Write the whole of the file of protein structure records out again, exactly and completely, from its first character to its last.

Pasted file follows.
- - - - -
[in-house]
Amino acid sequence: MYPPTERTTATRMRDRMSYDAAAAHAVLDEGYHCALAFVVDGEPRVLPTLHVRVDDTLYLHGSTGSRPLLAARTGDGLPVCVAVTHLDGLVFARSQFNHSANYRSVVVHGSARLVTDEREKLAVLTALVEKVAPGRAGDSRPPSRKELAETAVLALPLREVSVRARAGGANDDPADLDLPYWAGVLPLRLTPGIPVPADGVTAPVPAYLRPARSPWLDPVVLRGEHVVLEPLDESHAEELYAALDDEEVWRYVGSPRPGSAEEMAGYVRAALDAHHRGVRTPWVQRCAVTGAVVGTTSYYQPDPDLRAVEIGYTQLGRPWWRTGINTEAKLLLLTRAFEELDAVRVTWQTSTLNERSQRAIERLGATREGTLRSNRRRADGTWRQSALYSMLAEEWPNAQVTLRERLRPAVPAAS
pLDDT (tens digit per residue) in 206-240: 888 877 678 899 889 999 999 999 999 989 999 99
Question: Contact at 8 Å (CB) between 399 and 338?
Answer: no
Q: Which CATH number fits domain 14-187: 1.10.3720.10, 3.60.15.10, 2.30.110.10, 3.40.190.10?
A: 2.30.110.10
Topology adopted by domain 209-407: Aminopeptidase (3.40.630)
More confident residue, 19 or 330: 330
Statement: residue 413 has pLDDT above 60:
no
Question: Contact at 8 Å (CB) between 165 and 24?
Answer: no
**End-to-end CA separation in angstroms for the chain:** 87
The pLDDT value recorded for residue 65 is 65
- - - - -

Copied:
[in-house]
Amino acid sequence: MYPPTERTTATRMRDRMSYDAAAAHAVLDEGYHCALAFVVDGEPRVLPTLHVRVDDTLYLHGSTGSRPLLAARTGDGLPVCVAVTHLDGLVFARSQFNHSANYRSVVVHGSARLVTDEREKLAVLTALVEKVAPGRAGDSRPPSRKELAETAVLALPLREVSVRARAGGANDDPADLDLPYWAGVLPLRLTPGIPVPADGVTAPVPAYLRPARSPWLDPVVLRGEHVVLEPLDESHAEELYAALDDEEVWRYVGSPRPGSAEEMAGYVRAALDAHHRGVRTPWVQRCAVTGAVVGTTSYYQPDPDLRAVEIGYTQLGRPWWRTGINTEAKLLLLTRAFEELDAVRVTWQTSTLNERSQRAIERLGATREGTLRSNRRRADGTWRQSALYSMLAEEWPNAQVTLRERLRPAVPAAS
pLDDT (tens digit per residue) in 206-240: 888 877 678 899 889 999 999 999 999 989 999 99
Question: Contact at 8 Å (CB) between 399 and 338?
Answer: no
Q: Which CATH number fits domain 14-187: 1.10.3720.10, 3.60.15.10, 2.30.110.10, 3.40.190.10?
A: 2.30.110.10
Topology adopted by domain 209-407: Aminopeptidase (3.40.630)
More confident residue, 19 or 330: 330
Statement: residue 413 has pLDDT above 60:
no
Question: Contact at 8 Å (CB) between 165 and 24?
Answer: no
**End-to-end CA separation in angstroms for the chain:** 87
The pLDDT value recorded for residue 65 is 65